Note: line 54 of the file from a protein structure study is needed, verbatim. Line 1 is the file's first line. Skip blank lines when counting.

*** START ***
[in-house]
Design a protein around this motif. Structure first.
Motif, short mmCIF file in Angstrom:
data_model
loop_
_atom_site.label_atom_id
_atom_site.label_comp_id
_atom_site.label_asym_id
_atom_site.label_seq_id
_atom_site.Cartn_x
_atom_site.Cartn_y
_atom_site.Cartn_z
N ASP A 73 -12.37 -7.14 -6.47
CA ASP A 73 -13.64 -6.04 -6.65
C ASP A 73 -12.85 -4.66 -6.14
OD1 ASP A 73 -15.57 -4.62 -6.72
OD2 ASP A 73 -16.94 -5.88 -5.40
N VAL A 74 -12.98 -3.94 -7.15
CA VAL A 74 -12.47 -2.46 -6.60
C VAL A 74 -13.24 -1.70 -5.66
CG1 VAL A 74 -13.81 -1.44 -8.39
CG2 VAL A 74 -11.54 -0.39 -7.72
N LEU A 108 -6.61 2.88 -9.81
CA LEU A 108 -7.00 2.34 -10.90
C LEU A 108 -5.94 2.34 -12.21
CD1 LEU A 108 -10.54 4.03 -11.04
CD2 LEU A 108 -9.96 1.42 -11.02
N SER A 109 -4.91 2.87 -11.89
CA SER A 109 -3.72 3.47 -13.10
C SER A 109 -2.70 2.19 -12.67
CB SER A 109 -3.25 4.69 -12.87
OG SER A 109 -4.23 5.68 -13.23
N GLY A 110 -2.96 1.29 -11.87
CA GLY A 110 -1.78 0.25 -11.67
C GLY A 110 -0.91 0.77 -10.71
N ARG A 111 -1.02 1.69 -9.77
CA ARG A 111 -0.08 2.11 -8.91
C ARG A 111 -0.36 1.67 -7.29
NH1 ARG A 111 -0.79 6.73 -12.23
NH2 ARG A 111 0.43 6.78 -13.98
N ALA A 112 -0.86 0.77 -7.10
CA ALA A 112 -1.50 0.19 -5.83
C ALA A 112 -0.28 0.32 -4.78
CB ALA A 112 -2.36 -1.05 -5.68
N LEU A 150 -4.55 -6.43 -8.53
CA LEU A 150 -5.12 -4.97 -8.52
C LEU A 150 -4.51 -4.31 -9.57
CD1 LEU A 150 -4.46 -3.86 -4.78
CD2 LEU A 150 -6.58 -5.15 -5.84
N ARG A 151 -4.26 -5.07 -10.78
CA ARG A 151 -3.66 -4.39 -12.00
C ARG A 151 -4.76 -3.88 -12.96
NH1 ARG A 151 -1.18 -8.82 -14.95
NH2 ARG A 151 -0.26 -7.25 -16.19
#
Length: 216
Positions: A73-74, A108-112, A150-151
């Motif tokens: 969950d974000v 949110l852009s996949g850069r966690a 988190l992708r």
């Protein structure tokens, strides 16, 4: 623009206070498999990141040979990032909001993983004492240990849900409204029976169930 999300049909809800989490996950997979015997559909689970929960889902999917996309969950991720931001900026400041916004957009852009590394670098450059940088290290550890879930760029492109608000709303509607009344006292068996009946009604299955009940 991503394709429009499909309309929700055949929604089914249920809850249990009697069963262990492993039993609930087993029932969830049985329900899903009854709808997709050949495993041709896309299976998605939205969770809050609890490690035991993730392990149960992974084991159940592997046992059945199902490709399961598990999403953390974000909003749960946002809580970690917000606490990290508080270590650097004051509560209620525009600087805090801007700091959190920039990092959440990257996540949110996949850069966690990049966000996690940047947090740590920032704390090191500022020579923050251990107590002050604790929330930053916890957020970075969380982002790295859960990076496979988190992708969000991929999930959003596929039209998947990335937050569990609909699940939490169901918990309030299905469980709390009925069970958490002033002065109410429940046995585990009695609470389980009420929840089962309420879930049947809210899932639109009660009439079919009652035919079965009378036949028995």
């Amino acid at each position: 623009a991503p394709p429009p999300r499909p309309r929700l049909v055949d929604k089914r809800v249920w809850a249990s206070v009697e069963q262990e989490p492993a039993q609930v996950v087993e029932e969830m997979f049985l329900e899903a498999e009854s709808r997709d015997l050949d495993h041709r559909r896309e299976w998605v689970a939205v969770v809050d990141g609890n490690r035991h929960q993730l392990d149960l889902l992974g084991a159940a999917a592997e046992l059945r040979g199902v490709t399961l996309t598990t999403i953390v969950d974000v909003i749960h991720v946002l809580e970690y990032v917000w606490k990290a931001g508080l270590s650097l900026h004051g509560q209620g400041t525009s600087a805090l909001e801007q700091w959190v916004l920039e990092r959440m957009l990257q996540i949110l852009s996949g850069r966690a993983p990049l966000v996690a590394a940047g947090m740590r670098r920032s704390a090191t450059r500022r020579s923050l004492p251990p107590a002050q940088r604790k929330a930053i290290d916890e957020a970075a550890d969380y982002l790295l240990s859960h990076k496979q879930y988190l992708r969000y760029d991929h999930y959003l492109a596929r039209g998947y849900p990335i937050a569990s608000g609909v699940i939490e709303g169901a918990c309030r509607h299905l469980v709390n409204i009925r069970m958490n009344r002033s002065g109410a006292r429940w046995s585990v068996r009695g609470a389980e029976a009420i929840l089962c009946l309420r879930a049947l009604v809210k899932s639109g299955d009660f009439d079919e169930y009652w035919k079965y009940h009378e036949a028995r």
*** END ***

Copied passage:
NH2 ARG A 151 -0.26 -7.25 -16.19